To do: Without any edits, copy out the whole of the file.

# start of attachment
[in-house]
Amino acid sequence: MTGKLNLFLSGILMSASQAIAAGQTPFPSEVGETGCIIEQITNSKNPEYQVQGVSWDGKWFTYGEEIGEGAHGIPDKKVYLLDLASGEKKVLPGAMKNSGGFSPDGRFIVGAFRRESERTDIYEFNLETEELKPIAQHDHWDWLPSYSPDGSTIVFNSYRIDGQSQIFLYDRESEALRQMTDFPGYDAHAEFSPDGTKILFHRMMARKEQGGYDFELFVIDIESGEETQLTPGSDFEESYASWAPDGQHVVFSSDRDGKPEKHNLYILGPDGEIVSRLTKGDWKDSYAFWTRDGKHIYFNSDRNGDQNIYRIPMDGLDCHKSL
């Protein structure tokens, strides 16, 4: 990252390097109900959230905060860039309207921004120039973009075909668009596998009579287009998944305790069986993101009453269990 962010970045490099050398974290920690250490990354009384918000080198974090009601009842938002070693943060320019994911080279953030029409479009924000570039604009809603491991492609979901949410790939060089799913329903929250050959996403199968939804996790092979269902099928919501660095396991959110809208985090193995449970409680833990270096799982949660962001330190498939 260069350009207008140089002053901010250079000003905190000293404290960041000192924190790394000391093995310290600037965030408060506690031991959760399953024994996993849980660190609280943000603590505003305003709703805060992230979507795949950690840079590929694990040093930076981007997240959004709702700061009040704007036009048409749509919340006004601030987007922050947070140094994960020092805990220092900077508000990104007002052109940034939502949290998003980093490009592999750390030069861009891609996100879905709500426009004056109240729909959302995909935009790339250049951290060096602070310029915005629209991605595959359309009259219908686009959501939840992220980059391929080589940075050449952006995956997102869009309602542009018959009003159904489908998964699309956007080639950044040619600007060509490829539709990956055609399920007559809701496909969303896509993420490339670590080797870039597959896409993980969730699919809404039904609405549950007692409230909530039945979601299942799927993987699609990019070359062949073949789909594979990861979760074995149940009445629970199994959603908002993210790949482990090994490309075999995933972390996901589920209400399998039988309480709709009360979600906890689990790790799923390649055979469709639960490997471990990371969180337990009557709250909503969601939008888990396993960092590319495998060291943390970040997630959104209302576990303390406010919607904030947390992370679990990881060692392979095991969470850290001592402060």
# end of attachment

[in-house]
Amino acid sequence: MTGKLNLFLSGILMSASQAIAAGQTPFPSEVGETGCIIEQITNSKNPEYQVQGVSWDGKWFTYGEEIGEGAHGIPDKKVYLLDLASGEKKVLPGAMKNSGGFSPDGRFIVGAFRRESERTDIYEFNLETEELKPIAQHDHWDWLPSYSPDGSTIVFNSYRIDGQSQIFLYDRESEALRQMTDFPGYDAHAEFSPDGTKILFHRMMARKEQGGYDFELFVIDIESGEETQLTPGSDFEESYASWAPDGQHVVFSSDRDGKPEKHNLYILGPDGEIVSRLTKGDWKDSYAFWTRDGKHIYFNSDRNGDQNIYRIPMDGLDCHKSL
């Protein structure tokens, strides 16, 4: 990252390097109900959230905060860039309207921004120039973009075909668009596998009579287009998944305790069986993101009453269990 962010970045490099050398974290920690250490990354009384918000080198974090009601009842938002070693943060320019994911080279953030029409479009924000570039604009809603491991492609979901949410790939060089799913329903929250050959996403199968939804996790092979269902099928919501660095396991959110809208985090193995449970409680833990270096799982949660962001330190498939 260069350009207008140089002053901010250079000003905190000293404290960041000192924190790394000391093995310290600037965030408060506690031991959760399953024994996993849980660190609280943000603590505003305003709703805060992230979507795949950690840079590929694990040093930076981007997240959004709702700061009040704007036009048409749509919340006004601030987007922050947070140094994960020092805990220092900077508000990104007002052109940034939502949290998003980093490009592999750390030069861009891609996100879905709500426009004056109240729909959302995909935009790339250049951290060096602070310029915005629209991605595959359309009259219908686009959501939840992220980059391929080589940075050449952006995956997102869009309602542009018959009003159904489908998964699309956007080639950044040619600007060509490829539709990956055609399920007559809701496909969303896509993420490339670590080797870039597959896409993980969730699919809404039904609405549950007692409230909530039945979601299942799927993987699609990019070359062949073949789909594979990861979760074995149940009445629970199994959603908002993210790949482990090994490309075999995933972390996901589920209400399998039988309480709709009360979600906890689990790790799923390649055979469709639960490997471990990371969180337990009557709250909503969601939008888990396993960092590319495998060291943390970040997630959104209302576990303390406010919607904030947390992370679990990881060692392979095991969470850290001592402060």